Thoughts while on an Everest England pilgrimage

Peter Owen Jones, Anglican Priest, author and television presenter

Published in JHH15.2 – Healing Journeys

Really I began life as a hunter – birds’ eggs, antlers, dragonflies. I gave that up when I realised I could not possess any of it. I must have been 14 at the time. I left school at 16 and worked on the land in England and Australia. It has been the land, and over the last 20 years or so the planet, that has deepened an understanding of what is given and how it is received. And I have come to accept that this point now is a critical fulcrum in terms of how we define progress, and that I see as moving from an isolated national identity to planetary consciousness. I was ordained as an Anglican priest 22 years ago.

Our journey

There is a growing interest in something loosely termed ‘pilgrimage’. This is unexpected: the Christian community has not promoted it, yet it seems to be happening organically. This is not to say that it is happening accidentally, though the natural world is full of ‘accidents’ that eventually have huge consequences. Consider the accident 20 years ago when two African cattle egrets were blown into southern England, where now many thousands of them breed. It is said that evolution proceeds through random mutation, whose outcomes occasionally happen to be better adapted to a changing environment; and so this new line thrives. Another way of telling this story is that change happens over time in response to a deep connectedness between individuals and their world; a process articulated in this process of becoming, one based in relationship, and therefore far from ‘accidental’. It is no accident that the question of separation is rising up everywhere, demanding an answer from all of us.


At a car boot sale recently a young man selling small statuettes of angels, Hindu deities and some weather-worn fairies, asked me whether I identified as ‘a separate being’. No one had ever asked me such a question, nor had I thought of putting it to others. Yet it is a great question, implying as it does ‘separate from what?’. It made me ask myself ‘where do I feel my boundary to be; where does my sense of self end and “everything else” begin?’, if the gap between the two tells of the degree of felt-separateness. These metaphors embody our sense of identity as somehow related to space and to borders, but the real separation arises in our mind and our imagination, for we have inherited in the West a template of profound separation: of divine from human, of atheists from humanists and Christians, of consecrated land from the unconsecrated – which in turn has licensed the vandalism that is intensive farming. We have separated mind from matter, thinking from feeling, brain from heart, and friend from foe in ways that underpin our culture’s basic assumptions and belief systems: materialism, objectivity, rationalism, national identity.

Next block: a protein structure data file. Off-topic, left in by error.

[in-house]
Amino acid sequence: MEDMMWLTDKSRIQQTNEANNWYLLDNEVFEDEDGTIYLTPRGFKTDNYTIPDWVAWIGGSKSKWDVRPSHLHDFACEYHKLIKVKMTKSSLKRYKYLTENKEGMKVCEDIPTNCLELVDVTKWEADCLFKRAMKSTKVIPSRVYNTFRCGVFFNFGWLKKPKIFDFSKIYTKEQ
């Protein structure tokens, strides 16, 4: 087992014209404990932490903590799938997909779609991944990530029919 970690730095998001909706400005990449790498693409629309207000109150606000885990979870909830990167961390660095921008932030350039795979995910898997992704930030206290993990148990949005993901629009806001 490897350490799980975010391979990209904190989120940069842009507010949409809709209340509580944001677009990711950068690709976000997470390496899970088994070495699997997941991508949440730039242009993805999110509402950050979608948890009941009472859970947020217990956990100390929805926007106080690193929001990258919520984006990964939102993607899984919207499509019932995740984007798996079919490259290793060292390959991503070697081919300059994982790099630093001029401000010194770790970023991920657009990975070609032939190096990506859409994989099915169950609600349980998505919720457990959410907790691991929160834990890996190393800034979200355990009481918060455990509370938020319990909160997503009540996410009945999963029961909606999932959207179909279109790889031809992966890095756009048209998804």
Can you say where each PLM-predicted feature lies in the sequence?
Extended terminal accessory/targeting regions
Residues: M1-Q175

Every generation likes to believe its time is pivotal; that its decisions will lay the ground for all the centuries to come. But humankind is experiencing a new kind of tension. People experience themselves more acutely than ever before as isolated individuals. It is a time when scientists concur with mystics that my wellbeing depends on the wellbeing of all life forms, of all that lives and breathes. Indeed our culture is awakening to the fact that everything is connected to everything else, that everything goes somewhere, that ‘there is no such thing as a free lunch’. We live in an age when there is no escaping that our individual actions have far-reaching consequences for planetary health, that my health influences your health and global health. We know too that Gaia’s vast interconnecting cycles of earth, water, air and warmth stabilise the oceans and the atmosphere. Human health and planetary health are inseparable, joined physically, emotionally, spiritually. Now it’s personal: each breath affects the balance of carbon and oxygen across the entire planetary system.